What’s with the War on Marijuana?

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Author Name: Mia Barnes
Date: Thursday February 8, 2018

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Since California’s historic passage of Proposition 215 in 1996, which made cannabis use for medicinal purposes legal, Americans have become increasingly accepting of the drug and marijuana legalization. Today, 70 percent of American voters oppose the enforcement of federal marijuana laws. But hardline conservatives aren’t buying it.

Led by attorney general Jeff Sessions, the right still insists that Americans are better off without the green. But why? Is a war on marijuana worth our time and effort?

Not the First War on Drugs

Speaking of the war on marijuana, you may recall that this isn’t the first time this issue has come up. For the better part of the 1980s, Ronald Reagan and Republicans pushed an aggressive anti-drug agenda that ended up costing the United States billions of dollars.

Building on Richard Nixon’s philosophy that drug use should be viewed as a crime and drug users as criminals, the controlled substance act of the 1970s classified marijuana as a schedule I drug — on par with drugs like heroin, LSD and ecstasy. Cocaine and methamphetamine were considered less dangerous than pot.

Reagan’s war on drugs subjected minor offenders to lifetimes in prison for marijuana possession and distribution. For people like Sessions, that rhetoric has stuck. Even today, in Montana, you can be sentenced to 85 years for operating a state-approved dispensary. For the ignorant, that might seem like “sticking to your guns.” But what’s the point?

Truth Is the First Casualty

Locking people away costs taxpayer dollars, and the prison system in the United States is already stretched to its limits. It seems that old beliefs die hard, and the right is committed to making sure that drug use is punished, even when we’ve allowed the legal sale of other substances that we know may have adverse side effects.

Opponents to marijuana say we don’t have enough research on marijuana to know how it could harm us. But what about, for example, tobacco, which is still sold after we’ve already learned despicable things about its effect on us, as well as how that industry operates? Or the many OTC drugs that we’re now finding out are addictive or otherwise harmful, but are still shelled out like candy?

Sessions has demanded the harshest sentences possible for drug cases just as we were finally seeing some progressive movement in the way that we treat users. No country on the planet has seen success with the criminalization of cannabis. In fact, the truth is much the opposite. Decriminalizing it results in a happier, more peaceful society.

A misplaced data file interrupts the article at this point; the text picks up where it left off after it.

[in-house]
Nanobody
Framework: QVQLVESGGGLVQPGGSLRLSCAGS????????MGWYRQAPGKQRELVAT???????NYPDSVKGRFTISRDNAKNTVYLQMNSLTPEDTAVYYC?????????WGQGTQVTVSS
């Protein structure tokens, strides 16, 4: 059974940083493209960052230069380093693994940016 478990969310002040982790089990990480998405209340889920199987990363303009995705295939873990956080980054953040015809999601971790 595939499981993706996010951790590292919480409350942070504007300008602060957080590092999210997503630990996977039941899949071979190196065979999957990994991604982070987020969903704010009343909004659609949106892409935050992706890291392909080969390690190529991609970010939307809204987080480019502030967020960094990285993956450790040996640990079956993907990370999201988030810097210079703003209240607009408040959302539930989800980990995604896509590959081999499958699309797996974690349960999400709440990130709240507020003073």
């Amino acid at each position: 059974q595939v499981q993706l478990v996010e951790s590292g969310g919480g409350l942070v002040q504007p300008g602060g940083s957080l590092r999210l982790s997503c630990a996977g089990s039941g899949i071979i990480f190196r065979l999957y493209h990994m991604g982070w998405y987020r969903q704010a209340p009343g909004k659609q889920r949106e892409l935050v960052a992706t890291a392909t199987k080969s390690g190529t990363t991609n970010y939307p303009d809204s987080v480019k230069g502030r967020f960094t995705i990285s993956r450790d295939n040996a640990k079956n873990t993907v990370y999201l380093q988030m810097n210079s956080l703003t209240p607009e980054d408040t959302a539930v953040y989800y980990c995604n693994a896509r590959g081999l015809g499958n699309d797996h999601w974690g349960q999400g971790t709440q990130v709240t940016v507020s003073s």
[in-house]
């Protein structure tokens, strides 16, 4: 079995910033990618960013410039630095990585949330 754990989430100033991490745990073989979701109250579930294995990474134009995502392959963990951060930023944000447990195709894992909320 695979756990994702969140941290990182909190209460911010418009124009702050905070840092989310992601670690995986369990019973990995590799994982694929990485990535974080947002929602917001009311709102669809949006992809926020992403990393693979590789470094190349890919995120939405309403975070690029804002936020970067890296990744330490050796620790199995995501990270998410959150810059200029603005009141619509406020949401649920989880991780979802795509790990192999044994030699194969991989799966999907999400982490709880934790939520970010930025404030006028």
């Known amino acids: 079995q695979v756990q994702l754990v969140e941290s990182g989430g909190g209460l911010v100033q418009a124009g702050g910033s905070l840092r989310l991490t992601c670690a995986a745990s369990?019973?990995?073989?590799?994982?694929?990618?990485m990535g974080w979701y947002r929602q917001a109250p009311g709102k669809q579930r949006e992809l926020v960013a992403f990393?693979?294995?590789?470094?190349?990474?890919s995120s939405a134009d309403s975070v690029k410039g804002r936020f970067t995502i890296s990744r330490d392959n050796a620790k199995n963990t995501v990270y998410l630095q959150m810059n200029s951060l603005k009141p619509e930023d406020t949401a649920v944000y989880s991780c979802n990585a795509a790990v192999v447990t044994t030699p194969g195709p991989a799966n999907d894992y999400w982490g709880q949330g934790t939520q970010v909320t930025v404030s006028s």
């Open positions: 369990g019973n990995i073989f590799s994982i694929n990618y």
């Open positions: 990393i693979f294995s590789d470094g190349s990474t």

If it were highly dangerous, this would be a different conversation. It’s not. We have the data to back it up. This is just as preposterous as right-wing arguments against global climate change.

Sessions Turns up the Wick

And yet in January of 2018, Sessions and other Republican leaders chose to repeal the Cole memos, which established that banks could safely hold money for marijuana dispensaries in states where cannabis is legal in some form. The memos also determined that while marijuana is not legal on the federal level, federal funding would not be used to pursue criminal marijuana cases.

It seems like an act of desperation. Sessions wants to take the attention away from his sour relationship with President Trump and show that he can accomplish something as attorney general.

What makes Sessions’ actions even more ludicrous is that even Republican leadership is divided on the issue. Only the far-right and groups like evangelical Christians continue to demonize the drug as though it’s still 1936 and Reefer Madness is still in theaters.

Will Democrats Answer Back?

With crucial mid-terms around the corner, you have to wonder whether liberals who have been slow in their endorsement of marijuana will take advantage of an issue that could help unify their party. Particularly among younger voters who might not otherwise be inspired to get involved, Sessions’ attack makes pot more political than it has been in a while.

It’s another example of how the GOP is misrepresenting the American public and allowing paradigms from fifty years ago to define their worldview. That tactic may work in the short term. It might resonate with the people our president relies on to keep him in office, but the strength of the ignorant en masse is not absolute.

Those who’ve done their homework will demand better leadership on both sides of the aisle. When that day comes — and it will soon — we’re all going to have to admit that arguing over pot is behind us.

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